The Barbeque Shape remains the clubhouse leader.

    Thanks for this.

  17. E.regnans says

    Thanks OBP.
    We were at ground level – on the flank.
    Set ups were pretty clear after behinds were scored. But that’s the way of it, I think.
    All invasion sports are the same (basketball, soccer, etc).
    Tactically you are light years in front of me – but the way I understand it, everyone is trying to maintain possession and find an overlap; a four-on-three or a three-on-two situation. After that it comes down to kicking skills – short passing and goal-kicking.

    Mickey – Bud Yum tells me this morning, after reading the story (above), and with disappointment, that she didn’t get any barbecue shapes. Indeed, the clubhouse leader. West Beach sounds a good option.

  18. Mathilde de Hauteclocque says

    I felt cold just reading this! There’s a delightful half hour in the twilight O’Reilly when the sun is full faced. Folks whinge about seeing etc but boy do they miss it when the horizon claims it.
    Cheer cheer Stripes ‘n’ Hoops.

  19. Phillip Dimitriadis says

    Cursed by bad luck and absolutely crucified by them umpires !

  20. Margaret Askew-Walinda says

    Back from QLD for the match, warm as toast in the Legends area of the Ponsford, your piece has settled my soul. Collingwood hung in there but little seemed to go their way. What’s with Geelong in the last quarter tackling their opponents while Pies going for a mark and no free given? Bizarre! My younger sister collected coins after a drink in the Legends Bar to give to the Rabbit man and was so horrified with his replacement that she declined to give it to him. Still a meal at Two Fat Indians and I was glad to be at the MCG again.

  21. Mark 'Swish' Schwerdt says

    Love to read a yarn about families of opposing sides enjoying a game together; before, during and after.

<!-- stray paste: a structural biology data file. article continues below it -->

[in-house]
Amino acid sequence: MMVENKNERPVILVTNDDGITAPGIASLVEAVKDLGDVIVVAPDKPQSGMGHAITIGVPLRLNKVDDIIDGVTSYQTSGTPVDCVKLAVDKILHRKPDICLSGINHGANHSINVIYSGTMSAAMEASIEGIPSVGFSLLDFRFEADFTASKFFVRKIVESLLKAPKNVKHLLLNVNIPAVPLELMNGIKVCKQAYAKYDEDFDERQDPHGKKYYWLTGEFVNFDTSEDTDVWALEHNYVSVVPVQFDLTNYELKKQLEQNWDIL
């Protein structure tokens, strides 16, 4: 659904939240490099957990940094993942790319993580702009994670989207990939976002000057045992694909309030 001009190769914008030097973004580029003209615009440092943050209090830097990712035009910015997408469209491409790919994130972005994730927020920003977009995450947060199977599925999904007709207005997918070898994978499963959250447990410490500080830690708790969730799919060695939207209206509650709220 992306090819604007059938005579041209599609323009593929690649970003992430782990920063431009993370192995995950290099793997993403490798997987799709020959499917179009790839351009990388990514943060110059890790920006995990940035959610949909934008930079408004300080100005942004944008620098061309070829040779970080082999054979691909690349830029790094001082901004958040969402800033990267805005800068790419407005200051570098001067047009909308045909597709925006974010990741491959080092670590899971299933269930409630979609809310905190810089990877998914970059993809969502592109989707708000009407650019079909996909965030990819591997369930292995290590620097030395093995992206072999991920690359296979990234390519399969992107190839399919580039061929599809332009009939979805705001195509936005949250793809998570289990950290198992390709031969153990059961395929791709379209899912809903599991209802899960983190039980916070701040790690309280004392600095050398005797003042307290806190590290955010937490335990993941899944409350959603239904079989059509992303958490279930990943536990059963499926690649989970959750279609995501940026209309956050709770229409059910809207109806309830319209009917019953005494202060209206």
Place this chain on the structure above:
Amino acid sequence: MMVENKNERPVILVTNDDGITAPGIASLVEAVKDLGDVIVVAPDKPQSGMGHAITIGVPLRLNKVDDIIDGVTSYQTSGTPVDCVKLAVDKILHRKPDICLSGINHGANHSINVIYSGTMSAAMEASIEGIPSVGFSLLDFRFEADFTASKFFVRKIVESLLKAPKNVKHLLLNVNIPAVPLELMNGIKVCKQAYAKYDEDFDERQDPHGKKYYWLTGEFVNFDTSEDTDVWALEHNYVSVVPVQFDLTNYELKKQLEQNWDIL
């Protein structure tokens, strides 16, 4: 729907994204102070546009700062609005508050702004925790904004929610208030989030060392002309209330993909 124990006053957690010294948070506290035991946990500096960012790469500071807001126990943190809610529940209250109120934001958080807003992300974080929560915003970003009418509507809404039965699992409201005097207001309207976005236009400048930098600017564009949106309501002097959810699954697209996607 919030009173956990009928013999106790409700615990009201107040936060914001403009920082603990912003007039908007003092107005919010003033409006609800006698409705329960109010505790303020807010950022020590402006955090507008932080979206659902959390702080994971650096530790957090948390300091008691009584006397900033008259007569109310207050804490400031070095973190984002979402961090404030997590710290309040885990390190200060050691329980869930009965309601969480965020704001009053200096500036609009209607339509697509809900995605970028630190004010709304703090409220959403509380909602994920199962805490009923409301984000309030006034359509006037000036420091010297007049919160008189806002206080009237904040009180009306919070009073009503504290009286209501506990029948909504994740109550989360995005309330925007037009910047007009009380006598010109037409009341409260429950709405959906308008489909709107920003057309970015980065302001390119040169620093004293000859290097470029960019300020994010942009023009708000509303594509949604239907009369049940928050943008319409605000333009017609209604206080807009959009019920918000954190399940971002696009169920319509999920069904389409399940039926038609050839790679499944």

22. Luke Reynolds says

    I’ve only taken the South Morang train to the footy a couple of times, it’s very much a “Collingwood train”. Love it. The Coodabeens have a great song about that train, “6.15 from Montmorency”.
    The umpires (rightly) copped it from our area of The Ponsford.
    Hopefully a Nathan Buckley coached team gets a decent run with injuries at some stage…

  23. E.regnans says

    Hi MdeH – the elements play such a big role, don’t they? Windy September in Melbourne. Squinty sun in the 4th quarter of the MCG. Not as big a role as in the old glue-pot days, mind you. But still.
    P Dimitriadis – as you were.
    M Askew-Walinda – what netherworld is the Legends area? I’m glad you enjoyed your day.
    Swish – pretty level headed young ‘uns accompanying us. Young Ms A Harms not too concerned when her request “can I change my tip to Collingwood Dad?” was met with “Ahh, not now, A. The game starts in 2 minutes.” Big grin when I asked two hours later if she would still like to change her tip.

  24. E.regnans says

    I’m looking forward to it all aligning, too, Luke.
    Injuries, umpiring, weather, luck.
    Gee, it will be great to watch.

  25. Thanks ER. It was a classic example of a special ordinary day. Nothing much happened but we were in good company and bombs weren’t raining, we had avoided most forms of pestilence, the rule of law prevailed sufficiently, the caramel cubes won the Harms kids, and, being 20 rows back from the fence, Esava Ratugolea (another ER) was at eye height right on the flank in front of us when he took one of his enormous marks. You could put your arm out and feel for him. Up that close, he really does look like Sidney Portier. And he has the glide of Andrew Macleod, but not as much as Tim Kelly does. Tom Stewart was terrific again. He had a Bruce Doull moment over there on the southern side. (Kelly, Ratugolea, Stewart: there’s three names we’d never uttered a couple of years ago.)

    Great to see you Danni.

    AF, you’re very hard on The Bunny.

    Thanks for a terrific day ER.

    PS We think the footy (a battered synthetic AusKick footy) was left at the train station when we were topping up Evie’s Myki. I hope it has gone to a good home. Or, even better, that it becomes the Merri Station footy and is handled by many commuters daily as they trudge towards The City or the promise of the wide open plains of South Morang.

  26. Cat from the Country says

    I am glad the Cats won.
    Low scores have been around for years.
    I remember one Cats v Pies at the G years ago and the Cats kicked 9.24 to won.
    I don’t remenber the Pies score or what we won by, but that score sticks in my mind.

Leave a Comment